Neo-Bourbonism?

I did not know where to post this and decided on here.
Has anyone heard of the Neo-Bourbon movement?
(Part of there English website is here)
As Catholics, obviously we want peace in the world. For this very reason of wanting peace, should we support secessionist movements like this, or oppose it? Your opinions?
Peace.

Haven’t heard of it; but I’ve heard of it now.
I could use a little neo-bourbon myself.

Until 1860, the citizens of the Kingdom of the Two Sicilies were respected and esteemed in all the world beacuse they were citizens of an ancient and prestigious kingdom - the kingdom of the Normans, the Swabians, the Anjous, and the Aragons. We are respected and esteemed because we were subjects of a king that belonged to the Bourbon dynasty - an ancient dynasty but one capable of governing with wisdom and love.

Upon all of this is the unbearable weight of the destruction of our historical consciousness, of our culture, of our traditions,and of our identity - the pain of the destruction of our white flags with gold fleurs-de-lis, our national anthem, and of all the symbols that were respected by the ancient and glorious Neapolitan nation.

I’m sure the Lega Nord (a real Italian political party with members in ‘La Camera dei deputati’ - the Italian equivalent of the House of Representatives) welcome the idea - their policy, briefly, is to ‘dump’ the south of Italy which it considers a criminal (in more ways than one) waste.

I don’t know a thing about Italy or its politics.

I do know that it was a great nation - bringing the Catholic community art and music.

The fact that they had a Bourbon King would seem to indicate that they were a part of Western European and proud of it so I don’t understand a secessionist movement.

So the south has some problems, Italy is still a great nation.

The point of Neo-Bourbonism is that the north is abusing the south and that the south wants to be free from the north,** not **that the south has problems.
Peace.

My impression is that the north is not all that taken with the south either.

There are sessionist movements everywhere in which small entities seek to remove themselves from the aegis of larger states. A few examples: In Hawaii separatists want to take the islands from the United States and give them back to Native Hawaiians; Tibetans want an autonomous state of their own; in the 90’s Quebec had a referendum prompted by separatists (it didn’t pass); the League of the South hasn’t got over the Civil War yet and wants to establish a southern state consisting of the old states of the confederacy. Some of the efforts are successful. Following the dissolution of the Soviet Union, various states got their autonomy back such as Georgia, Estonia, Ukraine. However, East Germany dissolved and was united again with West Germany.

All of these movements are supported by myths about how wonderful things were in the past and how bad things are now. The Neo-Bourbon story is typical. All this just reflects human nature.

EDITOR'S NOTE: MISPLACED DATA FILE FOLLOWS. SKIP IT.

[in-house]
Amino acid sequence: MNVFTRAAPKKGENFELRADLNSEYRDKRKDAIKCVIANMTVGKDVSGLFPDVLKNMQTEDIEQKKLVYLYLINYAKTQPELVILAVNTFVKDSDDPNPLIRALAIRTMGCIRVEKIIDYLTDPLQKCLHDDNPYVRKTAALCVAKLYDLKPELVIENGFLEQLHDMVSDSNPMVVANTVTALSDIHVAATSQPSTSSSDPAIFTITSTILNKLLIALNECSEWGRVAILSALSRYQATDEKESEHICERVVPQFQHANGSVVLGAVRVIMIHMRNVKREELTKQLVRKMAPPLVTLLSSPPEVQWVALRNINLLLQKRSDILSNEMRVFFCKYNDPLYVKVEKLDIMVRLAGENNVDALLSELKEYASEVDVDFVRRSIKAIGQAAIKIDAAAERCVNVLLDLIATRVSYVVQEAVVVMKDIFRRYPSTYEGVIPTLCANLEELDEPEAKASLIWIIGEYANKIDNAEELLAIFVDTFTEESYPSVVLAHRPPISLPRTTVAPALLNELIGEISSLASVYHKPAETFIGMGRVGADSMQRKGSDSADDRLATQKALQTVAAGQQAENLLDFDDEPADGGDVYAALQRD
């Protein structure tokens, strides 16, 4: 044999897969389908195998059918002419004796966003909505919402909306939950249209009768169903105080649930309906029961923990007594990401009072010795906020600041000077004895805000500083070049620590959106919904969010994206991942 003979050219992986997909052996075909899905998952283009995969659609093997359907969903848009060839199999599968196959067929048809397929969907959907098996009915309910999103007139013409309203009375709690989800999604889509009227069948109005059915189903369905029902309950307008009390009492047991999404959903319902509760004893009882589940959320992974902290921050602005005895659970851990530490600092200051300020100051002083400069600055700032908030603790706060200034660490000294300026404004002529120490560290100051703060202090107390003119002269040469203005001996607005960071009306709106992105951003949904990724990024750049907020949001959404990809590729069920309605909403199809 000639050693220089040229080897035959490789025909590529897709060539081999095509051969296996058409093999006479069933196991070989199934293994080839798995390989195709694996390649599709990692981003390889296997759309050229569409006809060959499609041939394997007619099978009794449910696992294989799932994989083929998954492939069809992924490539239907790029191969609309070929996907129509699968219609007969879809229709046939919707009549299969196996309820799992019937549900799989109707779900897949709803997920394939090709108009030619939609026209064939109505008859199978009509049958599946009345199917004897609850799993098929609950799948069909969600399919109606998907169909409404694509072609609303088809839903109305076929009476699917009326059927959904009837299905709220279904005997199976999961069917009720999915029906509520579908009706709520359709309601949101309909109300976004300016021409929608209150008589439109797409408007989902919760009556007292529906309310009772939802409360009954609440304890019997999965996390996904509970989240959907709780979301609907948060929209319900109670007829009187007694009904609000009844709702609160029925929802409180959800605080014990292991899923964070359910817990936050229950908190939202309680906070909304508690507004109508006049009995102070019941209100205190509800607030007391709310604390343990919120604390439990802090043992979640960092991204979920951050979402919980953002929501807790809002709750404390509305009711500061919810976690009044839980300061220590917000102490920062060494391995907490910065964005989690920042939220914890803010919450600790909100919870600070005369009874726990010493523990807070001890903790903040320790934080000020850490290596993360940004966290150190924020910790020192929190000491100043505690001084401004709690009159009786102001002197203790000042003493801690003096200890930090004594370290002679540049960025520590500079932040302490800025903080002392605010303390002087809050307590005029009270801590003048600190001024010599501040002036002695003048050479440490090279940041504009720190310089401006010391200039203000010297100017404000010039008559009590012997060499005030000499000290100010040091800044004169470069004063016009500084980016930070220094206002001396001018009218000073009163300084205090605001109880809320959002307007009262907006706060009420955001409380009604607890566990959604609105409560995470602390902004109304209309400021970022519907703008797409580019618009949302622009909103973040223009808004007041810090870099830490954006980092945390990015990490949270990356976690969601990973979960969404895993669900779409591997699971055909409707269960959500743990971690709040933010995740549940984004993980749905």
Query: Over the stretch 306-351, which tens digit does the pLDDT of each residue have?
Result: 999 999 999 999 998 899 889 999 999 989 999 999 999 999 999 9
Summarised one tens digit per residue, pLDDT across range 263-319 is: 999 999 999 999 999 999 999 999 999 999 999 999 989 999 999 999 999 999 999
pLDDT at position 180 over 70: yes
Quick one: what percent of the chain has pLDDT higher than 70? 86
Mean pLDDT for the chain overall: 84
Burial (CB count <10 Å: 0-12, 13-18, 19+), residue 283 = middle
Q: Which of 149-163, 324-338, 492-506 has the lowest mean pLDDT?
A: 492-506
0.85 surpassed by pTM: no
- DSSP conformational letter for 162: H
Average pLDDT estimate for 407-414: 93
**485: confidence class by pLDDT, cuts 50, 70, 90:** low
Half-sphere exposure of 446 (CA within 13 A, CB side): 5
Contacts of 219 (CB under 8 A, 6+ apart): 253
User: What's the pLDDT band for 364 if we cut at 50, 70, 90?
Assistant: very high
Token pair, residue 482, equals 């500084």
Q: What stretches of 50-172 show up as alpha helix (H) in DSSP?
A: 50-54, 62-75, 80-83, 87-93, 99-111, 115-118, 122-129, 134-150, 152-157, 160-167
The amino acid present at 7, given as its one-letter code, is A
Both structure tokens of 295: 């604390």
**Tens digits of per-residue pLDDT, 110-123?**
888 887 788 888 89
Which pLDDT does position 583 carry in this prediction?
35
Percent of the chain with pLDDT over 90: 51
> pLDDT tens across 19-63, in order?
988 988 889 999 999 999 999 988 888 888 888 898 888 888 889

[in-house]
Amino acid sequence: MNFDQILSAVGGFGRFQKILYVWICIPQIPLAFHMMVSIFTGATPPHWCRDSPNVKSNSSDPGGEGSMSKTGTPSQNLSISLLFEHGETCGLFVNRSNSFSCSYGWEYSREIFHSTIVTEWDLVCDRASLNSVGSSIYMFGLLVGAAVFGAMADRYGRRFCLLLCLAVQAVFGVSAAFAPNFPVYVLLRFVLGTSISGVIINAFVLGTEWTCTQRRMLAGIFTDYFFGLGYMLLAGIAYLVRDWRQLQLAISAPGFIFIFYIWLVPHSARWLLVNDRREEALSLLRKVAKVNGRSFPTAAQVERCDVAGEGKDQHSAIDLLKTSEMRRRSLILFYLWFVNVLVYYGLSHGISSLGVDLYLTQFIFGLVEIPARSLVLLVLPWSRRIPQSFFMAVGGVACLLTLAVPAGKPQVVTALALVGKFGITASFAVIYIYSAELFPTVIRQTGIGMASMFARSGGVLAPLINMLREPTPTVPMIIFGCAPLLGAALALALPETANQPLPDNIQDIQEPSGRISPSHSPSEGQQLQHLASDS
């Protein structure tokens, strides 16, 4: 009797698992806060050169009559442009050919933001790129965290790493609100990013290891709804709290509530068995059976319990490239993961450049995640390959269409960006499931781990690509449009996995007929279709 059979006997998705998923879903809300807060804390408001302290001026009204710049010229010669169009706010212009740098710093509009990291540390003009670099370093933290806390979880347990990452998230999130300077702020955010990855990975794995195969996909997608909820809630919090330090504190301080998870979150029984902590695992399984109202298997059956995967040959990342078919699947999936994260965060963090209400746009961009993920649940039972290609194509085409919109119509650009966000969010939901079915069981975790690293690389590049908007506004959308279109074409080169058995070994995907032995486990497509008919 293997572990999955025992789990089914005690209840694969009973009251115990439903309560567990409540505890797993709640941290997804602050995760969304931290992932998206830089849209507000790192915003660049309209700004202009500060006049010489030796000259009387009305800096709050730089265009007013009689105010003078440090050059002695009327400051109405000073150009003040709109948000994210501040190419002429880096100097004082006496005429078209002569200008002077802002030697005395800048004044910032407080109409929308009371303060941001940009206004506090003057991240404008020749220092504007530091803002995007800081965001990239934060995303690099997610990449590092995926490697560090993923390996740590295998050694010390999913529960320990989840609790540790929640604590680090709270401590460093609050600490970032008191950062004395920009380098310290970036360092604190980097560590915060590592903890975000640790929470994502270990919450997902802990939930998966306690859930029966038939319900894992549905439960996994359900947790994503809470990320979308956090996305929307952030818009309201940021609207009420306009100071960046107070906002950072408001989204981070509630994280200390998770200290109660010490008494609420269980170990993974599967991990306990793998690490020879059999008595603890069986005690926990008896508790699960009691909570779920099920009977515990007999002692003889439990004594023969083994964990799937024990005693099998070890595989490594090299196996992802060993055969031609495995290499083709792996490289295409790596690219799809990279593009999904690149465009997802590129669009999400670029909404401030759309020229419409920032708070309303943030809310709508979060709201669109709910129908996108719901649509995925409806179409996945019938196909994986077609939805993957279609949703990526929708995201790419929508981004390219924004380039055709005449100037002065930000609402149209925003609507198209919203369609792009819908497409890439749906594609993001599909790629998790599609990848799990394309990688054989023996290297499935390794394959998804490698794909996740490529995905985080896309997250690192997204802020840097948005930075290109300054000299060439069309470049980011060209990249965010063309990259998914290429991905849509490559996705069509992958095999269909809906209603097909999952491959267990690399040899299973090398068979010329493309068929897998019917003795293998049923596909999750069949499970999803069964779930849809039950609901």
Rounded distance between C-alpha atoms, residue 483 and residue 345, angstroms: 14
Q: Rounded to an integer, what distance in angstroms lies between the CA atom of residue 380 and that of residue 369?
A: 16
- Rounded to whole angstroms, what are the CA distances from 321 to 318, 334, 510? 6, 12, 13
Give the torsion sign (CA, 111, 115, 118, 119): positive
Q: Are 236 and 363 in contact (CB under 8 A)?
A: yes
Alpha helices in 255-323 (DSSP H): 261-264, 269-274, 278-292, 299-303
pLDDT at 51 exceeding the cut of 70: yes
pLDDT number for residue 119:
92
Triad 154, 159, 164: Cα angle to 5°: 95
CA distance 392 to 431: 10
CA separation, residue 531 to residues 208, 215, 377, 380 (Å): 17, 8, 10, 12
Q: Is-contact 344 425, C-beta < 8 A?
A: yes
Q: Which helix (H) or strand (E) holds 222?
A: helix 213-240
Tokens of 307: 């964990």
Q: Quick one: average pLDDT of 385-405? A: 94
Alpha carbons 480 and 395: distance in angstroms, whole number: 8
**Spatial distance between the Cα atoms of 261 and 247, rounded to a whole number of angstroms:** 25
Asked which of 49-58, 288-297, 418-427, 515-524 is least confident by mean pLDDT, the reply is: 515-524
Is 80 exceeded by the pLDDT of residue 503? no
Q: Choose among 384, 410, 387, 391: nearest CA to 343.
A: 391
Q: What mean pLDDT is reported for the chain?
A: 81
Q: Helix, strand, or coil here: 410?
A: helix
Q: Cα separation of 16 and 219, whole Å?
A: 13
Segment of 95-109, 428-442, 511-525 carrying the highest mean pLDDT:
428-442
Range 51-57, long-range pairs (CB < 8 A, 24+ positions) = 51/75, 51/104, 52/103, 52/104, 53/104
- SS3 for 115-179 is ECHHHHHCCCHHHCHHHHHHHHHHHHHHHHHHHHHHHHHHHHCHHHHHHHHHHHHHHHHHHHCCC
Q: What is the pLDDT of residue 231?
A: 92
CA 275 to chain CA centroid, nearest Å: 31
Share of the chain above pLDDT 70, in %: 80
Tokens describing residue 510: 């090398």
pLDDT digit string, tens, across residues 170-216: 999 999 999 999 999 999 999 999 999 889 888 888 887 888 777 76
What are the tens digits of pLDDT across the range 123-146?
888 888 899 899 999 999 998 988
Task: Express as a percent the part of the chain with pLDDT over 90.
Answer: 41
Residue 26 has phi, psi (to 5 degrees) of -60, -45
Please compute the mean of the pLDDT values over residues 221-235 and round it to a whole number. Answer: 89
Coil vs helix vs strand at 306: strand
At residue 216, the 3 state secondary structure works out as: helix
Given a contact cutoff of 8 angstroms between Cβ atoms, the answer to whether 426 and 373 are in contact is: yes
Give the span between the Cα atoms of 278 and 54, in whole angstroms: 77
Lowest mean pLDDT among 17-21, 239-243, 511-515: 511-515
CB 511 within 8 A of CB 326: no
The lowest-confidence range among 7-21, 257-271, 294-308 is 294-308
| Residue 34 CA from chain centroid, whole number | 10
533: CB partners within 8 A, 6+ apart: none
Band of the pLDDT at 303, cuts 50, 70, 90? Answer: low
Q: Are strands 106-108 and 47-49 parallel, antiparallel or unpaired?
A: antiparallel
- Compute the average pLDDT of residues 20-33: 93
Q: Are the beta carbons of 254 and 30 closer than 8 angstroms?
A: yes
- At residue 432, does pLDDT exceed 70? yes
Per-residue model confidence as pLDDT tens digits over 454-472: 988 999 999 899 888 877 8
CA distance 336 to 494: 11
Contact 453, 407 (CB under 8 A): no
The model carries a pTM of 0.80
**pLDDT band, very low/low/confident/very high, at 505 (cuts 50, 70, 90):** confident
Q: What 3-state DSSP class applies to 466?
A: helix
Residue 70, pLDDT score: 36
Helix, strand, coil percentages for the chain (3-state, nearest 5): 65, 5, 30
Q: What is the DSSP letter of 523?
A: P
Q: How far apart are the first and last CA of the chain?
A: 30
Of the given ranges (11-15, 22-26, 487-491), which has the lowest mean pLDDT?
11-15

As Kaninchen will tell you (as she seems to know more than me on this subject) Italy in any sense is a realtively modern collection of previous states glued together over time and in a variety of circumstances. Saying Italy gave the world great art and music etc. would be true in the sense that states that were once independent and now form the entity we call Italy did so. But it would also be untrue as at the time much of that art and music was been produced the areas it was been made in would not have seen themselves as Italian in the sense we use the word.

This is true, and the “glueing together” didn’t occur that long ago.

I think I’d count as a Italophile (to say the least) - il “bel paese là dove 'l sì sona” won me over as a child.

You’re right about Italy being a reasonably recent creation - though in terms of allegiances it’s really more ‘campanilismo’ (attachment to one’s own ‘church tower’ - locality counts very strongly) rather than the regionalism you get in other European countries.

Even the language is something of a fabrication - the differences between the dialects were such that they could be mutually incomprehensible. With unification in the 19th century the dialect of Tuscany was adopted as the ‘norm’ and the basis of Italian as we now know it.

Interesting - as it stands I could be viewed as something of a seperatist given my own political outlook but I am beginning to come around to T.H. White’s argument that taken past a certain point seperatism or nationalism makes us all into a pack of monkeys throwing bananas at each other from various trees. The north/south divide is there in a lot of countries - although sometimes it’s reversed, where in the UK the north is seen as the poorer, more rund-down part of Britain (although no-ones yet seriously suggested secession) in my home country of Ireland for years the Irish republic was the run-down bit, although that’s ironically reversed itself now.

Really most of the nation states we see in Europe are relatively recent creations even those that sometimes appear to be older. Germany is for example a very recent creation historically speaking as well to cite an example.

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